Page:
Against being busy

It’s official: being busy is not good for you and it means you ultimately get less done. It damages your relationships with people and it can skew your priorities, dull your focus and cause bad decisions. Like smoking, thirty years ago, it is turning the corner from looking cool into being very uncool.


To help you break the habit and free your mind, we have a few ideas.


Have at least one place where you enjoy doing nothing. It might be a park, a seafront or a haberdashery shop. Go at least once a week and seek out more places where you can enjoy switching off.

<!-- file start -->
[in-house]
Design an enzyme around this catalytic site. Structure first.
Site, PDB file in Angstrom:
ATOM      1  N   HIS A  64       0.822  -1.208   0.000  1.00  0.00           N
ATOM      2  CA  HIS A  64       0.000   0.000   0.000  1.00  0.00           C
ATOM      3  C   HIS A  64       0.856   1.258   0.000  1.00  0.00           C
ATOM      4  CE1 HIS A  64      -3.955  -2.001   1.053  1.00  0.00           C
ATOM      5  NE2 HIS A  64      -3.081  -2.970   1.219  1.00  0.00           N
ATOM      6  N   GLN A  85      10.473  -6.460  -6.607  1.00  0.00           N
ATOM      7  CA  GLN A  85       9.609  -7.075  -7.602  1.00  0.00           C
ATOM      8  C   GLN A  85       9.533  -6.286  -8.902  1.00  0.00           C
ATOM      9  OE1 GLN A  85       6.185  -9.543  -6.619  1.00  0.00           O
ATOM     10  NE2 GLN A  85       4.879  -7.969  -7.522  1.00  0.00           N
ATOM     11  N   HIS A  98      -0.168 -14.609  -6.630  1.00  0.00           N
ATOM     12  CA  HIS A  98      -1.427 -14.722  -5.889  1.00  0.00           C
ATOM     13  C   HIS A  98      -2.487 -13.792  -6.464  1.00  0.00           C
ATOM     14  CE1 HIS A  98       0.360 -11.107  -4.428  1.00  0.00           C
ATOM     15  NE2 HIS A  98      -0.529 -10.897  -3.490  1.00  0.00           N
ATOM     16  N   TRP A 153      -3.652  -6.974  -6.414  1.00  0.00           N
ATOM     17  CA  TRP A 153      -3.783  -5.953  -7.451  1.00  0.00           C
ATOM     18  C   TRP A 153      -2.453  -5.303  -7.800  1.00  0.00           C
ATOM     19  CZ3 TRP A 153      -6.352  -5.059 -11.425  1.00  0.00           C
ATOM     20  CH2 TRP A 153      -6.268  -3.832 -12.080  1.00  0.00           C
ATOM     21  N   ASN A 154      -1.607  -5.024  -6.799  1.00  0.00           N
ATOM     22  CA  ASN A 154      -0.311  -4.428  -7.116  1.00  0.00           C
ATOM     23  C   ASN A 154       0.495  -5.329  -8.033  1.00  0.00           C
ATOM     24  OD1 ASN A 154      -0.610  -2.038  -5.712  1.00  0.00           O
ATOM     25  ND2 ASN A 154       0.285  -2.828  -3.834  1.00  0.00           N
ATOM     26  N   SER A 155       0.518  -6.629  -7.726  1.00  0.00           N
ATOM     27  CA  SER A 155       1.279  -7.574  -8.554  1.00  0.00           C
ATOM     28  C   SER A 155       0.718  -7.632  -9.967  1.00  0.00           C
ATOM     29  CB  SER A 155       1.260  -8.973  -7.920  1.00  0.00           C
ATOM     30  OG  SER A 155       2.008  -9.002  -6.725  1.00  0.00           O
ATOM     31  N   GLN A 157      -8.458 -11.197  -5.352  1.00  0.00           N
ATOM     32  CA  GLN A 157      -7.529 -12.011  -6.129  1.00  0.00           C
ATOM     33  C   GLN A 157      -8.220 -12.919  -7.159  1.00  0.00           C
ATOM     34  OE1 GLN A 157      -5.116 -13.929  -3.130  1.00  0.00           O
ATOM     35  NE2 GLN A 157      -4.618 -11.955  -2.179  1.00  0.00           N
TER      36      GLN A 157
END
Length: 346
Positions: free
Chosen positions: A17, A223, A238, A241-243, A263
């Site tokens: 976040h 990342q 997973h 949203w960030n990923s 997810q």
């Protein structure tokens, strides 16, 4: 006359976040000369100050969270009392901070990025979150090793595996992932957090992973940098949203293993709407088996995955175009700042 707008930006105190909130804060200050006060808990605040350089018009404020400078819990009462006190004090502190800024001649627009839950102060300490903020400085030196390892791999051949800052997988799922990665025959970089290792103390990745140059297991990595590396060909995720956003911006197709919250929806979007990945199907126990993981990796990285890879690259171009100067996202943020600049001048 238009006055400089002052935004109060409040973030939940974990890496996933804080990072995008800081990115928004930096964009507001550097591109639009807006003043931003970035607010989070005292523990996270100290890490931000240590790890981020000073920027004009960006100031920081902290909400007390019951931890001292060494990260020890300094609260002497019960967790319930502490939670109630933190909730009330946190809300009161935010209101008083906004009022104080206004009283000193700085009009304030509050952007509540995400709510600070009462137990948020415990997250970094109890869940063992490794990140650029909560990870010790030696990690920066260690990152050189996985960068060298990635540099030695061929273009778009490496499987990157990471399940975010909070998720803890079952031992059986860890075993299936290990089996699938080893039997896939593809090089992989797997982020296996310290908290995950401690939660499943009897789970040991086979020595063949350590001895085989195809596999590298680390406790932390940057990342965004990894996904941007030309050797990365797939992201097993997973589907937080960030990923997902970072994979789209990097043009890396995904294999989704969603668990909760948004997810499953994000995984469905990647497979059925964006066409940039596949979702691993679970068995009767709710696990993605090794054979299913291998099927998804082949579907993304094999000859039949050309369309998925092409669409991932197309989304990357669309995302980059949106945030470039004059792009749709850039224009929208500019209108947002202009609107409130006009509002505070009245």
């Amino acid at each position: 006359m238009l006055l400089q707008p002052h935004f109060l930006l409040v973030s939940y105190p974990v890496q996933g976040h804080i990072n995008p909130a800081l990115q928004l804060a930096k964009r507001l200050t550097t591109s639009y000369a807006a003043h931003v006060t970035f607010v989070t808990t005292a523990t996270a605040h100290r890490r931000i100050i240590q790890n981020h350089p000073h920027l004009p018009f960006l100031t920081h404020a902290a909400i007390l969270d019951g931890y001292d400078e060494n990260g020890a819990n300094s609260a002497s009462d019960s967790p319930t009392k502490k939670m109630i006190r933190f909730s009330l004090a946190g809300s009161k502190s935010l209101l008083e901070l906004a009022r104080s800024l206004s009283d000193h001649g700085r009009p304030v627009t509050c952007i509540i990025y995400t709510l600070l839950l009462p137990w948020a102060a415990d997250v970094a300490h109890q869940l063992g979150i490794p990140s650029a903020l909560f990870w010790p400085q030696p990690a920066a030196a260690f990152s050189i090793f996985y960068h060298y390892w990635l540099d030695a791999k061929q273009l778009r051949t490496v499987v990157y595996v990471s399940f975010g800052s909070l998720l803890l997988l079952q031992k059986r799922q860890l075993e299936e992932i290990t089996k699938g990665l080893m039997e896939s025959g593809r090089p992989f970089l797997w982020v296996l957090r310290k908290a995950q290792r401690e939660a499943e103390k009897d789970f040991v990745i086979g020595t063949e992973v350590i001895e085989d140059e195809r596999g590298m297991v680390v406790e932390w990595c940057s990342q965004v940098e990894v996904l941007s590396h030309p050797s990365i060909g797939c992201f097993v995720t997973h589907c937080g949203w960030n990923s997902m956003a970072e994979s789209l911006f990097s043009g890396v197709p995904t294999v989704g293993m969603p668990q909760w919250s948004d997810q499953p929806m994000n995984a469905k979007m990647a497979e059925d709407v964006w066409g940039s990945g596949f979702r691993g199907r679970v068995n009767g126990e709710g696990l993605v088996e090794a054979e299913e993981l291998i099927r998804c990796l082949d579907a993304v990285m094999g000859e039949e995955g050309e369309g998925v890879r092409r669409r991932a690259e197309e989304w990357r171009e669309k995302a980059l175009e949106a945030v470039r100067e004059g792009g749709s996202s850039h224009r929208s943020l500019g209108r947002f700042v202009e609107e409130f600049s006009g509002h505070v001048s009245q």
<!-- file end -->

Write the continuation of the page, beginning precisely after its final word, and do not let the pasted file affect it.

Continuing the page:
Have at least one friend you can do nothing with. Your best friend might have too much to talk about. Find someone good at sharing a companionable silence, then hang out with them to just watch the world go by.


Each time you make a To Do list, review it and remove some items. If they become more important later, they’ll make it onto your next list.


Make a point of being a person who won’t be rushed. Don’t scurry when you walk, speed when you drive or gabble when you talk. Be calm and deliberate, taking up as much space and time as you need.


Get into the habit of giving yourself more time than you need. Instead of saying, “I’ll have that for you within the hour”, say “I’ll have that for you this afternoon”. If someone presses you to give an immediate reply to a question, practice saying, “I’ll get back to you.”


When you feel yourself speeding up, slow your breathing.


First published in Widows and Widowers magazine, Issue 15


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